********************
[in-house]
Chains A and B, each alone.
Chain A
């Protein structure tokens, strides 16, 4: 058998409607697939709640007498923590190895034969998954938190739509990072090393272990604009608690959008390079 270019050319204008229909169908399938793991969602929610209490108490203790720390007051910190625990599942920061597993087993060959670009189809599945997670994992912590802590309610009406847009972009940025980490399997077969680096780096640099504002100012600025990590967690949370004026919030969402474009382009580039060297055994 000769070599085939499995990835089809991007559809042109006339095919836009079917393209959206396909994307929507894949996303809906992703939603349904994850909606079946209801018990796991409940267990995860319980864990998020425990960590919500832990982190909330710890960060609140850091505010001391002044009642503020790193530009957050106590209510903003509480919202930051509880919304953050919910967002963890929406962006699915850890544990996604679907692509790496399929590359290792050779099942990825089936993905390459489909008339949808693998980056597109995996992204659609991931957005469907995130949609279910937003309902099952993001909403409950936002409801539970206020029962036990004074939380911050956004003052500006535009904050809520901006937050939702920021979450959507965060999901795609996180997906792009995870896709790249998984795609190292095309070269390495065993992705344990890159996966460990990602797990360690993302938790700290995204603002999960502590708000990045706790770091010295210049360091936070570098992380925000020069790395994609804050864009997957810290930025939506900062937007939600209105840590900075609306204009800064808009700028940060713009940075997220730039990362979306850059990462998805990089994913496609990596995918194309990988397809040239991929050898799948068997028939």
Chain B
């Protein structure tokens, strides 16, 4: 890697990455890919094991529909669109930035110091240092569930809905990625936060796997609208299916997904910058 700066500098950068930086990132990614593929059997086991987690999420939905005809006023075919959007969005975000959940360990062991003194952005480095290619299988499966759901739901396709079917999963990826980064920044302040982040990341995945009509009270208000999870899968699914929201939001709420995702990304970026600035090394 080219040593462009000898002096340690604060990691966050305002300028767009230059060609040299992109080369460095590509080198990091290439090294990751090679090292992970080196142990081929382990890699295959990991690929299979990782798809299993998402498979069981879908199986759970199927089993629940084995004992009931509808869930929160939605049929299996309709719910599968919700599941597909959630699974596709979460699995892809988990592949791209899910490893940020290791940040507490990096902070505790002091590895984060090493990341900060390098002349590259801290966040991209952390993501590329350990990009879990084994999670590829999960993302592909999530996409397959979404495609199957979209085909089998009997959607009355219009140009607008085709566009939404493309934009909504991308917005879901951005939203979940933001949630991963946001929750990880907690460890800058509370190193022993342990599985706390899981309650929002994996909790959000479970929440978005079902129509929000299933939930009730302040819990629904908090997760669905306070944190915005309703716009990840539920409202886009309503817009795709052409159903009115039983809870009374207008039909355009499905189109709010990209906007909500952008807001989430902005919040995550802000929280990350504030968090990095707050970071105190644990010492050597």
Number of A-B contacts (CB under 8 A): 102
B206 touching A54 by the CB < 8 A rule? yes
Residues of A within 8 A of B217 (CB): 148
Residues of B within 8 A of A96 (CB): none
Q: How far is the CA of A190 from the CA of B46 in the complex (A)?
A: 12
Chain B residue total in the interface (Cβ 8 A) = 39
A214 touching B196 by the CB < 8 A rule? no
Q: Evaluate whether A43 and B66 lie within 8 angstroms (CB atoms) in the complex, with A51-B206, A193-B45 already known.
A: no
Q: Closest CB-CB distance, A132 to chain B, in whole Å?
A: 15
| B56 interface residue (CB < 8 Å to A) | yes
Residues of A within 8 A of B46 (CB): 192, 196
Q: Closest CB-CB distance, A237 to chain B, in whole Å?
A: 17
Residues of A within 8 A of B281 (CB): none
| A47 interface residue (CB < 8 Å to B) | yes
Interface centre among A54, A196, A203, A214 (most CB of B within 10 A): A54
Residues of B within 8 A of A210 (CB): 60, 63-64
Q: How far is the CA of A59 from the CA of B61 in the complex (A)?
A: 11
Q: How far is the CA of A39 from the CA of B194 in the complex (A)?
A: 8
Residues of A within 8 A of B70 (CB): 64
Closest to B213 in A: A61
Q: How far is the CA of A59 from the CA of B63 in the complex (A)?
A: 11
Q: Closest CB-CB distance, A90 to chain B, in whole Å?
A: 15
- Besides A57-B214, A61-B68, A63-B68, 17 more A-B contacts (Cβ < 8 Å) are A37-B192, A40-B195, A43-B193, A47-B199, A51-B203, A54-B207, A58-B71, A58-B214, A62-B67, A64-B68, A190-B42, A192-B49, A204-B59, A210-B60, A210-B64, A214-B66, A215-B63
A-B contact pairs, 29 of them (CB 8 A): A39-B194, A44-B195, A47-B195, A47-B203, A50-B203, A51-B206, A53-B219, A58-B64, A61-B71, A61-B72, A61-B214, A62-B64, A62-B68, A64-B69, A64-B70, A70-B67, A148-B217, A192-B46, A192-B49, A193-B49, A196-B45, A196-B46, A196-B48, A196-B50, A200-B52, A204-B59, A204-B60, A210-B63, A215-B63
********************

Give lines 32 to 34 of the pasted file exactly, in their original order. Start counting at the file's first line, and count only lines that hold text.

Closest to B213 in A: A61
Q: How far is the CA of A59 from the CA of B63 in the complex (A)?
A: 11